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Forget ‘New Normal.’ Think Reset.

By Contributor Content, Feature
In the course of the last few months, in particular as the COVID-19 pandemic became the only topic discussed during a conversation, the notion of things “returning to normal” has slowly been dismissed. Many proclaim that we are going to be transitioning into a “new normal,” but I can’t help but ask: What does that mean? Some of us have used our available time to do some more thinking (moi, aussi), and perhaps even put into questions thought processes from the past. What is “normal”? Is it the life you are living in Buenos Aires, or is it mine in Singapore? What is normal to you may not be normal to me, and there is nothing wrong with that. So try this: What if I told you to stop talking about what the “new normal” would be, and just reset? Reset everything. “If you always do what you always did, you always get what you always got,” said Henry Ford. The first time I saw this was on a Sheraton “on brand” morning briefing card (Starwood was great at many things: building a strong brand ethos was one of them). The point we were trying to get across was simple: Is there an opportunity for us to do things differently to achieve a better result? Personally, I really enjoy changing things up no matter where I go. Rarely do I accept the status quo. I know that there are many variables that influence us and a decision, and I have no interest in becoming stale. I also know that it can be difficult to shift out of the comfort zone when you have the familiar in place, which transitions me to my next point: Clean Slate In Mandarin Chinese, the word “crisis” (危机) contains a character that can be interpreted...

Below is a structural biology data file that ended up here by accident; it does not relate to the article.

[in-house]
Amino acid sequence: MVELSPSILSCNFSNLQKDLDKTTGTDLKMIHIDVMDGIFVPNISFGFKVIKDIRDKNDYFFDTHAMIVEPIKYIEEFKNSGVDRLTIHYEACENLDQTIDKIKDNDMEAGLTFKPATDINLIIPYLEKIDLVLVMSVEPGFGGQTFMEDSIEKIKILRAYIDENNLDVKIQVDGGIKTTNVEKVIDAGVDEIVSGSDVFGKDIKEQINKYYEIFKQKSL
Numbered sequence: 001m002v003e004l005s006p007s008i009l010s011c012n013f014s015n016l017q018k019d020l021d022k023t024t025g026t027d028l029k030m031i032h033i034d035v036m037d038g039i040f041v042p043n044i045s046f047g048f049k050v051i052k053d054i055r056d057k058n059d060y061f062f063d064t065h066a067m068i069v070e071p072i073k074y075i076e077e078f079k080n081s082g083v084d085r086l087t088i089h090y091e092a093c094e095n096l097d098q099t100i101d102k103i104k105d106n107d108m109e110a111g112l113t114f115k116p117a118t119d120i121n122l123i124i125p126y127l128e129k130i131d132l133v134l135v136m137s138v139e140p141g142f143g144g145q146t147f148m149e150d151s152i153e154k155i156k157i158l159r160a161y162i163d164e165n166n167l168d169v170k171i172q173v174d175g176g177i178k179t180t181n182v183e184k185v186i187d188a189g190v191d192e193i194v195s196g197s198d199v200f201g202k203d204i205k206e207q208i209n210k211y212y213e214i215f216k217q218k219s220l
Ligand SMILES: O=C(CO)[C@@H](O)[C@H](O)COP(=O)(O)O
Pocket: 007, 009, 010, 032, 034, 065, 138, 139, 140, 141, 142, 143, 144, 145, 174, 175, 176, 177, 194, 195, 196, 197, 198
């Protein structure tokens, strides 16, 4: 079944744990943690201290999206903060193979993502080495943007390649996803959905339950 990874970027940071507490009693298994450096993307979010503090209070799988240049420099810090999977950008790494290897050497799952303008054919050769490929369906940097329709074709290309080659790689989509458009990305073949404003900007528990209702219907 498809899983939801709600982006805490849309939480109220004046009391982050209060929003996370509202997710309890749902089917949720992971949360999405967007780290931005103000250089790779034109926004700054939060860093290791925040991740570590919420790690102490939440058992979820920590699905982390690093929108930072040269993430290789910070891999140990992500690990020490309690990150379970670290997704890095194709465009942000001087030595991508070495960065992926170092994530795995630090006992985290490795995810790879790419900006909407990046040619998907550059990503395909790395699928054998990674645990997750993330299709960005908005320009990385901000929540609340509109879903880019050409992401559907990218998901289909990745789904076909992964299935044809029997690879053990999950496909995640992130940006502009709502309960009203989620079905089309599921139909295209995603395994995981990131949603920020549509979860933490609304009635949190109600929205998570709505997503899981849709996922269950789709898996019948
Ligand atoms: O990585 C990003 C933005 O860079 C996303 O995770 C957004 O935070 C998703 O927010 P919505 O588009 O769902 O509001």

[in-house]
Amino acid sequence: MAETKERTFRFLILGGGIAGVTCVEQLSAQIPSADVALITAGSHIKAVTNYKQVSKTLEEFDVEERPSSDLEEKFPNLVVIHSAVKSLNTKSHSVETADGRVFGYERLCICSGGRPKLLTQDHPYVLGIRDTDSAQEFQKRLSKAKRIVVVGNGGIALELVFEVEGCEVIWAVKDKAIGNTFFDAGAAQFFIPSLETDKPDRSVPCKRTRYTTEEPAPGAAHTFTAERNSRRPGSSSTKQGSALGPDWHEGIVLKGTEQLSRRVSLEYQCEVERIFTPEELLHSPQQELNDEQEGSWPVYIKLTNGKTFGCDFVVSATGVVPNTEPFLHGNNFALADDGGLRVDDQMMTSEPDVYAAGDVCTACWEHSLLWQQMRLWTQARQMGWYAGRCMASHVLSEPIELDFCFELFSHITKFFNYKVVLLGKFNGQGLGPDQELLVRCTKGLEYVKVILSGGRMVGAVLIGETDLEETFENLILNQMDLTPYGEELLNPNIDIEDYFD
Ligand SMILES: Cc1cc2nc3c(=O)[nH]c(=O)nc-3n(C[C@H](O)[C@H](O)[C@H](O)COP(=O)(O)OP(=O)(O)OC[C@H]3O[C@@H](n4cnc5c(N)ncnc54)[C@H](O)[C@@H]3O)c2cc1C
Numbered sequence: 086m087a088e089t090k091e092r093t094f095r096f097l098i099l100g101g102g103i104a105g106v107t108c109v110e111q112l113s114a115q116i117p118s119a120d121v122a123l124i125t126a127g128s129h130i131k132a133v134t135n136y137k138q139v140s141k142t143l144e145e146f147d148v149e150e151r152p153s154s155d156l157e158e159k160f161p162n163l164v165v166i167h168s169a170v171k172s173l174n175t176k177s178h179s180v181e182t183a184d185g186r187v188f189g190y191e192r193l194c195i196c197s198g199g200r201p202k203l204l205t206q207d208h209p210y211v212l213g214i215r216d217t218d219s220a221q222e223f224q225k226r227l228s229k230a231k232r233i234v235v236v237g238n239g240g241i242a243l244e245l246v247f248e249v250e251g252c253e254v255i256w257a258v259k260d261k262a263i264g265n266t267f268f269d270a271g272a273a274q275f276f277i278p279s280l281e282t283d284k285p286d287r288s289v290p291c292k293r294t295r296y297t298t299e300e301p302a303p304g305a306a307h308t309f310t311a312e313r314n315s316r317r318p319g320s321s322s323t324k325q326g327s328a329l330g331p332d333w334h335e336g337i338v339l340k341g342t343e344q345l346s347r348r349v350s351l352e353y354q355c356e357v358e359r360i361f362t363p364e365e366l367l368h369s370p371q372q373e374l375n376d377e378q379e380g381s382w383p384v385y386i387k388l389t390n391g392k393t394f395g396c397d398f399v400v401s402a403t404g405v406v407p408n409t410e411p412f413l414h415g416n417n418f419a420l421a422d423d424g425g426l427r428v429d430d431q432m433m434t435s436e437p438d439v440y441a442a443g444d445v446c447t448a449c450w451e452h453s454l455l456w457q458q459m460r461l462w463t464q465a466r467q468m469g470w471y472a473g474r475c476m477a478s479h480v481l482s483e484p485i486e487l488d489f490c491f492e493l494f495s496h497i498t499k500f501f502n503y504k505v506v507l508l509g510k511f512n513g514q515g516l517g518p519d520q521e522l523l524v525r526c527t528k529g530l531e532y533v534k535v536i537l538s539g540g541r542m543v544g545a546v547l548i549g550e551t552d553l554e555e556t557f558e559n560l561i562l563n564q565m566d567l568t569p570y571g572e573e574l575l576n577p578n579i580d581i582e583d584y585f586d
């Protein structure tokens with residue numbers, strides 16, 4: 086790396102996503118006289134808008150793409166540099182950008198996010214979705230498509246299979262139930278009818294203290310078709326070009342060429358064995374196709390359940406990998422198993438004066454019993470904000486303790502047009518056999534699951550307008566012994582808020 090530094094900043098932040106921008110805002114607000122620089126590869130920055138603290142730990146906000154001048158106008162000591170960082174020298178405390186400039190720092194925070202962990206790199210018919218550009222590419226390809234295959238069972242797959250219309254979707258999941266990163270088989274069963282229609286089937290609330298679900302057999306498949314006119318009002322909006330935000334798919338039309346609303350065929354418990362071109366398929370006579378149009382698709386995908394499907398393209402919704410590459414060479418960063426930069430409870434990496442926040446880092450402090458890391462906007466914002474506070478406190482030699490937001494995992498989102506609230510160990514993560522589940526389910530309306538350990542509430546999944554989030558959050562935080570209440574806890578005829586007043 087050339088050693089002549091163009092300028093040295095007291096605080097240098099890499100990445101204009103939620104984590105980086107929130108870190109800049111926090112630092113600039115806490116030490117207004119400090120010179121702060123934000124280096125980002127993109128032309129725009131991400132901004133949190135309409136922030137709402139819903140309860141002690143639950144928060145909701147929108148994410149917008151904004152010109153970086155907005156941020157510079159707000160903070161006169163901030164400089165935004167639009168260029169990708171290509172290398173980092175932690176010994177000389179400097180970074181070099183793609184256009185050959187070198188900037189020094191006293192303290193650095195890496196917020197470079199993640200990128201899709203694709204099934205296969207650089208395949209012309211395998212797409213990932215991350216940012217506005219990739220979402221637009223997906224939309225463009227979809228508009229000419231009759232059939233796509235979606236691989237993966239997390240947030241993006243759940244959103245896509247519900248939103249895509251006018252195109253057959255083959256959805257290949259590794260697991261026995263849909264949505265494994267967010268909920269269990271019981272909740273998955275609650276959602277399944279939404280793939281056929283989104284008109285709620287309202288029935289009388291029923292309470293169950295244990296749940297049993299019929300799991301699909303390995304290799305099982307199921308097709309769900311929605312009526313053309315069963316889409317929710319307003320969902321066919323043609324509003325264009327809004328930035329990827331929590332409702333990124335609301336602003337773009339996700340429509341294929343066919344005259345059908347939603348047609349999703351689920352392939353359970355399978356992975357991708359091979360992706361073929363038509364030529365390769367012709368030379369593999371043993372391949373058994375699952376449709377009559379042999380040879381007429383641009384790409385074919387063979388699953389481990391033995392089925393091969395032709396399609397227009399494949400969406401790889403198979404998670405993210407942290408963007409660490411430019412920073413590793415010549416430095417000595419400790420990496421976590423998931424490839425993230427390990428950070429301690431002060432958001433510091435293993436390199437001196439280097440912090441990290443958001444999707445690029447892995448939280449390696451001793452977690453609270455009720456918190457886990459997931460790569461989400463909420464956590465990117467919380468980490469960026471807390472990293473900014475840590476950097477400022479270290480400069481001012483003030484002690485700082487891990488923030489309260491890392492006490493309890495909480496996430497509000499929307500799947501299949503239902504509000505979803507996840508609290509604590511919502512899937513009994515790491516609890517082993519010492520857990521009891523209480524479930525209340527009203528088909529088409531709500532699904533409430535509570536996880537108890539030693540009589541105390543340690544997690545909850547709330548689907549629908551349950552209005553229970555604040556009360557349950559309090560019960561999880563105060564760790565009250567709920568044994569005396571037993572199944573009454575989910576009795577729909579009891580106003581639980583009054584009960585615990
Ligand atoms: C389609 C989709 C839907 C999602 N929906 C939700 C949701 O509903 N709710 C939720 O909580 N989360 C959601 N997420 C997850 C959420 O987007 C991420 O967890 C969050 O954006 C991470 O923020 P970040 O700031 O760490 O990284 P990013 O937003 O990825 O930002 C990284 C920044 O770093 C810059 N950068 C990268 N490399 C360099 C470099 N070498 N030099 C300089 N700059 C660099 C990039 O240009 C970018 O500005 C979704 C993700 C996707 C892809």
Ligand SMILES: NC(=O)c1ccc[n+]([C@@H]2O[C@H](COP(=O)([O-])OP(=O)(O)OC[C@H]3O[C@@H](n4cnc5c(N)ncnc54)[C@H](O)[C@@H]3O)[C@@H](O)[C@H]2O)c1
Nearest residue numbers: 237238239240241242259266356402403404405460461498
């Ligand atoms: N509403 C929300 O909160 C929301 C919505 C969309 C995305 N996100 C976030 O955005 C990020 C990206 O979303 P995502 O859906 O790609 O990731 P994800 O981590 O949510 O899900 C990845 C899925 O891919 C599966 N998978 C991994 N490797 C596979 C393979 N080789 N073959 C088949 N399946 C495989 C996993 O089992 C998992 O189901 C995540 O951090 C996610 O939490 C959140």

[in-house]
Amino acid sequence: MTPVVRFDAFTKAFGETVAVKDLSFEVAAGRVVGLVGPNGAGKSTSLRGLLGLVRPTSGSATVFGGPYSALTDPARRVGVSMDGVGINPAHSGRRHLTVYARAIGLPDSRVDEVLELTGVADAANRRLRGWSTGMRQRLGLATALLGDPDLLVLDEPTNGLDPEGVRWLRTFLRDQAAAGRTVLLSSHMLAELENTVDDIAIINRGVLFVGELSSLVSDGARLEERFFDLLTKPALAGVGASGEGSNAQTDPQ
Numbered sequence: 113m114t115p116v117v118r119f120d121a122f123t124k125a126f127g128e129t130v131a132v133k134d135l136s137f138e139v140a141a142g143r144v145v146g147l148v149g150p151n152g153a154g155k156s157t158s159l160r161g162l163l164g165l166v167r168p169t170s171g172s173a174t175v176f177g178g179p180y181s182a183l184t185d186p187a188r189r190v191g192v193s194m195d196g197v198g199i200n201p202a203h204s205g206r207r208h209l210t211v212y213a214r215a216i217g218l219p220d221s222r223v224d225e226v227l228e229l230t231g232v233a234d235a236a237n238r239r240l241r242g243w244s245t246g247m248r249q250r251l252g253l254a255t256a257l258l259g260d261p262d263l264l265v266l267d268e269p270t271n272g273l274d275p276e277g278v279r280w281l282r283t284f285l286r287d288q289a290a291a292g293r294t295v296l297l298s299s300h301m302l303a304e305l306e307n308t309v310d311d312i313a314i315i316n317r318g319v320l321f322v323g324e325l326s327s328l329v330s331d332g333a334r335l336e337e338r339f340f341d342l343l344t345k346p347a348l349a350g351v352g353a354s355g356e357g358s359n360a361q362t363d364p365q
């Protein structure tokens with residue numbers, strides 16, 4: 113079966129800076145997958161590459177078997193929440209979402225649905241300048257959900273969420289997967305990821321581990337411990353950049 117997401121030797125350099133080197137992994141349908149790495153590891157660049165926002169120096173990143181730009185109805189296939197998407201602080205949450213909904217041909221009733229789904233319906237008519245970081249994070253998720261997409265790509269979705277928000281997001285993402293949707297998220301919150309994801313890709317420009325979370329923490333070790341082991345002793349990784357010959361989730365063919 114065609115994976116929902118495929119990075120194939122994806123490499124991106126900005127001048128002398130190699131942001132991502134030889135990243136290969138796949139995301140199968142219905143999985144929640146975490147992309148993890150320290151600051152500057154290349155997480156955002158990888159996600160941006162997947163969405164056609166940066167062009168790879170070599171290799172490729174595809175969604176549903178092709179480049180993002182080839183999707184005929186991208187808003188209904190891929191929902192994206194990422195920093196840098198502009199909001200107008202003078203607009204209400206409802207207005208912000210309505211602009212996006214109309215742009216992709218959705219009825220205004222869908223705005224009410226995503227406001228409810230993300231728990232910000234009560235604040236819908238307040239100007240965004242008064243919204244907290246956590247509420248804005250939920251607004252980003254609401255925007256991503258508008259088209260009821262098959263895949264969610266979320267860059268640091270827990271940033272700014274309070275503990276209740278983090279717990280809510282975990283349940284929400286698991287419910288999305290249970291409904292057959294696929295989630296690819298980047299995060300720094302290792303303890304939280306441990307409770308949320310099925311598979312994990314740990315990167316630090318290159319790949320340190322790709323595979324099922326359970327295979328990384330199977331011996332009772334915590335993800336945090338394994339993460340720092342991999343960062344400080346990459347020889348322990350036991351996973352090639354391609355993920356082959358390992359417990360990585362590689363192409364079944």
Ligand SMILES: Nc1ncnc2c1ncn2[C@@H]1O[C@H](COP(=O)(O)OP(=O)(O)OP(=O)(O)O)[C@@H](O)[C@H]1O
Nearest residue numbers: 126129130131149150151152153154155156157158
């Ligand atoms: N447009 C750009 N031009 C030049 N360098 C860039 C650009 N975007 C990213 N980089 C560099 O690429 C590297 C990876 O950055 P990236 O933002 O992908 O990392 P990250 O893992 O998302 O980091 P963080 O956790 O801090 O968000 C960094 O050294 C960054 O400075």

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speed strategy

Hoteliers: You Don’t Have Time to Read This Column

By Contributor Content, Feature No Comments
When it comes to speed, we’re obsessed. We idolize athletes who can outpace their counterparts. We shell out for cars that can quickly get from 0-60 and bet on the horses we think will reach the finish line first. Hell, we’ve even flown faster than the speed of sound and are constructing tubes that will get us from L.A. to San Francisco in 36 minutes. Our fascination with speed can be observed everywhere we look. Let me revise that- everywhere outside of hospitality. Hoteliers for decades have fallen into a comfortable cadence of scheduled reports and weekly strategy meetings, which have historically served the industry well but are no longer enough to keep us on a path to profitability. The current crisis has highlighted the shortcomings of our established business practices. Hoteliers are spending their days updating forecasts and compiling reports, only to find that they are obsolete 24 hours later.  Typically, the answer to this challenge is overwhelmingly, “more.” More reports, more ownership updates, more meetings, and more exhaustive game plans covering every possible scenario.  And yet, this focus on more has paradoxically led to “less.” Less decisions made, less strategic initiatives deployed, less of an ability to respond to changing circumstances as they present themselves.  Experts from around the industry are currently attempting to gaze into the crystal ball and determine what business segments will bounce back most quickly. Will it be drive-time leisure? Corporate executives attending high-priority meetings? SMERF groups, albeit smaller than previously contracted?  Yet, while they mean well, nobody really knows when the recovery will begin and the type of business that will allow us to bring our team members back to work. In developing contingency plans for every possible scenario, we’re missing out on a larger opportunity.  Instead, focus on speed. Speed to analyze....
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